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Review: Great impressions continue to linger

November 15, 2009

Siegener Zeitung Online reviews Jon Lord’s recent show in Siegen, Germany.

Jon Lord, Demon’s Eye and Philharmonie Südwestfalen celebrated by about 1.900 music fans.

Siegen2 Freudenberger

Now he has been there, the great old man of the rock organ. With his B3, the Hammond with ‘the beautiful legs’, as Jon Lord was joking during rehearsal the evening before his appearance in Siegen.

Concert goers sitting further back at the Siegerlandhalle were probably unable to convince themselves of the aesthetical qualities of those legs, but more of the glorious voice of the instrument.

The former keyboard player for Deep Purple had come to perform his Concerto for Group and Orchestra (we have reported extensively in advance), which had its world premiere 40 years ago in London. An event that found great public interest even supra-regional.

About 1900 music fans from all across the world bustled Friday night inside the packed hall, to experience live and in colour this (still nowadays) exciting meeting of rock band and symphony orchestra.

At Jon Lord’s side appeared two musical figureheads of our region; Deep Purple tribute band Demon’s Eye and the Philharmonie Südwestfalen, conducted by chief conductor Russel N. Harris. True, this triple convention alone was – at least for the local visitors – a thrilling matter. Would it work? The answer is given in one word: yes!

Siegen3 Freudenberger

For the Concerto, which constituted the first half of the concert, band and orchestra let themselves be heard at their best with each other and against each other (which is of course part of the concept). Playfully both ensembles came together in a lovely way, both performed its parts in a competent and skillful way.

The volume was agreeable, the mix was transparent, and the possibility of sophisticated perception was given for the most part. Not only did Jon Lord please with his fine solos (he was also a pleasant and humorous compére), in the cadenza of the first Andante for instance, he stressed less the virtuouso aspect than the tones and dynamics.

Guitar player Mark Zyk shone with strong acrobatics on the strings in the style of Ritche Blackmore and provided already here a small foretaste for the things that should come with the second and last encore, Child In Time.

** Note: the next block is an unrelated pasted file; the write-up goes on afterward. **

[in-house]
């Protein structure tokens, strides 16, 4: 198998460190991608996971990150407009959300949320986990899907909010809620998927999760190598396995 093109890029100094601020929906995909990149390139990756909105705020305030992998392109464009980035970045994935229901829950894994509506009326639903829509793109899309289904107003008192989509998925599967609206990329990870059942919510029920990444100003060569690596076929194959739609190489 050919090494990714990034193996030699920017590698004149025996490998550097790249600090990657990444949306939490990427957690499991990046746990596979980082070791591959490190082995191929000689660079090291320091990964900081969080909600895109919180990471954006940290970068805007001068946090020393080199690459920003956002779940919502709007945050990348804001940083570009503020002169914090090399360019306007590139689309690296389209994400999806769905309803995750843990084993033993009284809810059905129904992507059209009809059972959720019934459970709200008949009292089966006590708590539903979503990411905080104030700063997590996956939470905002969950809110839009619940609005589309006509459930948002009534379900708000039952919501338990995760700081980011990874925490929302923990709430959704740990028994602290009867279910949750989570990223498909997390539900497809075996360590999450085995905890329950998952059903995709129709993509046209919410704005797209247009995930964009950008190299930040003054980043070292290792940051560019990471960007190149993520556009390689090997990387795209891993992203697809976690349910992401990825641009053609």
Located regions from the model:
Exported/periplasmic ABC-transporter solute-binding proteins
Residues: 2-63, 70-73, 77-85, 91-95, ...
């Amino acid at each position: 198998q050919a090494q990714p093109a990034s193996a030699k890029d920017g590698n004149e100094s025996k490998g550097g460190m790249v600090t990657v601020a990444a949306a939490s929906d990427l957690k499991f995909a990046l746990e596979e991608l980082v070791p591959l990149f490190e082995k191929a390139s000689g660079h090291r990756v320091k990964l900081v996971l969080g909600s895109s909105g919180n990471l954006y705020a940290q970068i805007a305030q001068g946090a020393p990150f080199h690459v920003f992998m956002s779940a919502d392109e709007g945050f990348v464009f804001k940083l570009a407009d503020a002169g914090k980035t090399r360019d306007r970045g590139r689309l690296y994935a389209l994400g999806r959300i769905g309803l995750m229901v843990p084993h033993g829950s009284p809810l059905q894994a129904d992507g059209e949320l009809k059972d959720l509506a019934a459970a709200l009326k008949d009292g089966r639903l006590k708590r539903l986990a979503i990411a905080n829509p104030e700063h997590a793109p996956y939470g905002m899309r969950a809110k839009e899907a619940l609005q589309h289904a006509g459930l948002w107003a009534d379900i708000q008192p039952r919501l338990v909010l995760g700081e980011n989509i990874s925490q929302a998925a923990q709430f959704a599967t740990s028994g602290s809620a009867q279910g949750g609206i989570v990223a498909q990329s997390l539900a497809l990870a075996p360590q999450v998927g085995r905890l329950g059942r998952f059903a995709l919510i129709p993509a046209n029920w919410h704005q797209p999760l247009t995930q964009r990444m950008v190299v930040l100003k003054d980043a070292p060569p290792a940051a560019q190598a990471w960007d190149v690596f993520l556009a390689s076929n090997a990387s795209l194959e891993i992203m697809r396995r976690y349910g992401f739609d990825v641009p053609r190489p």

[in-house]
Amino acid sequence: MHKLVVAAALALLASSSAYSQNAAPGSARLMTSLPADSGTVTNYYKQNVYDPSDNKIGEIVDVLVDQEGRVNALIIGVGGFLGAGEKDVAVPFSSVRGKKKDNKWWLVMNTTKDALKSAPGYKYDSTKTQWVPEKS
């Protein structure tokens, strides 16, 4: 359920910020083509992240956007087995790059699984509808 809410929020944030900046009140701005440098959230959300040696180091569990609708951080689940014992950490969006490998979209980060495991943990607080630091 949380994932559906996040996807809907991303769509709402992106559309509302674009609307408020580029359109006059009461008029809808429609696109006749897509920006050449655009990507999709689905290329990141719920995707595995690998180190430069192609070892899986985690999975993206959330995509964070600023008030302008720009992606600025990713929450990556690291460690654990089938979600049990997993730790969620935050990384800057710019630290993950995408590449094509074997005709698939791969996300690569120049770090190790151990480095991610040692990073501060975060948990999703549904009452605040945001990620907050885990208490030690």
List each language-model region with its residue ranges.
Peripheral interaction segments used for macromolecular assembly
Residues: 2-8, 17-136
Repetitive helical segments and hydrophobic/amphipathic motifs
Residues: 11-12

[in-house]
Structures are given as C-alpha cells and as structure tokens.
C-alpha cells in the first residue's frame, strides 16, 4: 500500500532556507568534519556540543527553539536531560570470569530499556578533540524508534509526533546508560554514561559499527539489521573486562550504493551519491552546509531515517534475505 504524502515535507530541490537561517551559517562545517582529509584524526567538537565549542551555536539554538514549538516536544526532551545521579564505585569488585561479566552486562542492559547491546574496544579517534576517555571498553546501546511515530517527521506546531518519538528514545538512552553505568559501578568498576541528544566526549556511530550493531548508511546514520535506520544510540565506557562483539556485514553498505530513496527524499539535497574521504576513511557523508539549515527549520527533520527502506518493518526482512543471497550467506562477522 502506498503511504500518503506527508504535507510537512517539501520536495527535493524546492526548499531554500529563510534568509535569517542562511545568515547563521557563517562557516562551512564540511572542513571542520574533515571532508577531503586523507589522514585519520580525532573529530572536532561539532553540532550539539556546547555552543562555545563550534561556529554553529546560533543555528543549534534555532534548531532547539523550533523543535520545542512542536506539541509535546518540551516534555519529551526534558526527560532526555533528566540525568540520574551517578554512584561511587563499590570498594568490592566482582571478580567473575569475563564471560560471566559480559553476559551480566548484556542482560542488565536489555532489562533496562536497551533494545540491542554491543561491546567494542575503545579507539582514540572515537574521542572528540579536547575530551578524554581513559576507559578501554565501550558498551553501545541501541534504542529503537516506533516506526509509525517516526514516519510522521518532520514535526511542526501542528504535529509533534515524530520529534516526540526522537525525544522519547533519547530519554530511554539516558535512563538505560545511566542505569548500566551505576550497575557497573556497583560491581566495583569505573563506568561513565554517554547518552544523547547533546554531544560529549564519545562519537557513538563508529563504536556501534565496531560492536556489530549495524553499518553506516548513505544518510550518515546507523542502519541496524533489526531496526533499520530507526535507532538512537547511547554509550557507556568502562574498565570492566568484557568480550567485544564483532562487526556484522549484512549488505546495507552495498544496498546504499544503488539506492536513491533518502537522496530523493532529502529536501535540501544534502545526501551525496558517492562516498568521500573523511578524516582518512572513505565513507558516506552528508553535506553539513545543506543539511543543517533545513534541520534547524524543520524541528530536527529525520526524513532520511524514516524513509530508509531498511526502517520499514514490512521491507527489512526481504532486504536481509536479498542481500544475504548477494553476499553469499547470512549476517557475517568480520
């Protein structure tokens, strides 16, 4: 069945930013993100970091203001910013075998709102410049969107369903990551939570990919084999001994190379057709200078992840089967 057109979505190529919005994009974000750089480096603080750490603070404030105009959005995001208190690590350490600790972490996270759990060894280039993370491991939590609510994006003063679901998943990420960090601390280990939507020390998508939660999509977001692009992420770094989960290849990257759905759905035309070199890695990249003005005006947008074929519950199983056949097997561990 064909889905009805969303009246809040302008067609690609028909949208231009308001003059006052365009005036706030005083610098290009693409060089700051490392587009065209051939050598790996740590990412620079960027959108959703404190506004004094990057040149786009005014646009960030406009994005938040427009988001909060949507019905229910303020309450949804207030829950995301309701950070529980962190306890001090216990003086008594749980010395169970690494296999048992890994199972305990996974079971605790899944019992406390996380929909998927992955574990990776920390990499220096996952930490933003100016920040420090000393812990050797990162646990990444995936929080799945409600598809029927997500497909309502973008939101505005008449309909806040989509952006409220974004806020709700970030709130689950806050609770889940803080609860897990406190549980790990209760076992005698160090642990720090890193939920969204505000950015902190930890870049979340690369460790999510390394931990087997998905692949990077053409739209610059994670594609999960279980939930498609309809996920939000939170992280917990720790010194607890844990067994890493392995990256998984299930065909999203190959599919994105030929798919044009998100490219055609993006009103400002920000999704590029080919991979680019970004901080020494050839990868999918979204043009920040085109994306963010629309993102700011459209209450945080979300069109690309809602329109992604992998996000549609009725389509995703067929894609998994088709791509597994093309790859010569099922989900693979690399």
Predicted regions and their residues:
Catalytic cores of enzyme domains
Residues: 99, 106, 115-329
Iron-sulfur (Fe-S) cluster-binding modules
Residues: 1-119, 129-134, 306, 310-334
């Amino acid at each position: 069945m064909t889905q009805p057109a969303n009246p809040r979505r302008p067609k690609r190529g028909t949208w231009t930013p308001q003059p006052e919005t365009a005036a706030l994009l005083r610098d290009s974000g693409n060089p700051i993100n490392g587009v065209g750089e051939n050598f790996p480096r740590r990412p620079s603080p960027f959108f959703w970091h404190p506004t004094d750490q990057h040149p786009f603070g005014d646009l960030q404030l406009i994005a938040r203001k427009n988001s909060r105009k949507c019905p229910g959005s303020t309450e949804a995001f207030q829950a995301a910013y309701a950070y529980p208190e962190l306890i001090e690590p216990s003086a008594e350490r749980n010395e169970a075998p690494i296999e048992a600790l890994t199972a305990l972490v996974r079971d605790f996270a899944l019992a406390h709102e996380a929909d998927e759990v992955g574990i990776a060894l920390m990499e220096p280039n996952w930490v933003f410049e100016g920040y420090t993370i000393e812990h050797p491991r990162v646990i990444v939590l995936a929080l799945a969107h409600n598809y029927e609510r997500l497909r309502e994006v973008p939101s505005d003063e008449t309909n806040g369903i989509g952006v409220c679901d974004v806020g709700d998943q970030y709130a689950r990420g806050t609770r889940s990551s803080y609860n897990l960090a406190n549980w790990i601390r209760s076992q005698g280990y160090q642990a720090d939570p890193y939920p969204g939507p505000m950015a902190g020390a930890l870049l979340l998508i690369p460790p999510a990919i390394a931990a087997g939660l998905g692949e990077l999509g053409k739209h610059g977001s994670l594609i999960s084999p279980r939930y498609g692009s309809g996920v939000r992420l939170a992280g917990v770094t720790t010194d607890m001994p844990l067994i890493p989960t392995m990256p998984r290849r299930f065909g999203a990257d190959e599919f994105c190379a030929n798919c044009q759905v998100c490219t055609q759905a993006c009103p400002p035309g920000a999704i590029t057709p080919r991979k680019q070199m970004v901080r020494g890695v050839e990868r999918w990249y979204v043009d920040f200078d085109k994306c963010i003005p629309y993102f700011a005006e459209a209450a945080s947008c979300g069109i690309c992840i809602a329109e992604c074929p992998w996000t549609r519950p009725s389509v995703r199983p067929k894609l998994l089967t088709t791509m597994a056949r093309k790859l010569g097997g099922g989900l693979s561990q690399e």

Drummer Andree Schneider gained three times spontaneous applause for his brilliant solo in the third Movement of the Concerto, Vivace – Presto. Bernd Martin succeeded with his emotional vocal part in the slow middle part, partly complemented by Jon Lord’s own singer Kasia Laska to make a fine duet. Also, in the orchestra fingers flitted exceedingly: In the fast finale musicians were having their hands full. But, as we know: they are capable.

Bass player Maik Keller provided a solid foundation for the band, and after the intermission Demon’s Eye’s keyboard player Andreas König acted as second man on the keys during three pieces, the well-known Bourrée and Gigue from Lord’s 1976 solo album Sarabande plus The Telemann Experiment from Beyond The Notes (2004).

These slightly opulent pieces were contrasted by gorgeous ballads, The Sun Will Shine Again and Wait A While, showcases for Kasia Laska’s clear and delicate soprano, plus the, according to Lord, ‘autobiographic in music and words’ Pictured Within from the album of the same title (1988), which was crowned not only by a fine solo-cello, but also by Bernd Martin’s felicitous interpretation that was geared to original singer, Miller Anderson.

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As logical as the orchestral involvement in all of this seemed, as impressive was the by no means granted organical blending of the philharmonic orchestra with the Deep Purple tracks.

That worked well too! Pictures Of Home really let go, Soldier Of Fortune touched, and Child In Time did both. For the latter of course, the Hammond organ was obligatory, to which Lord had turned his back for a long time during the second part of the concert in favour of the piano. Lots of cheering from the fans, which the 68 year old Englishman accepted in a visibly moved and grateful way.

Now they have been here, Jon Lord and the Hammond. What remains of them are great impressions that continue to linger…

(c) Siegener Zeitung Online.

Photos (c) G.W. Freudenberg – see more.

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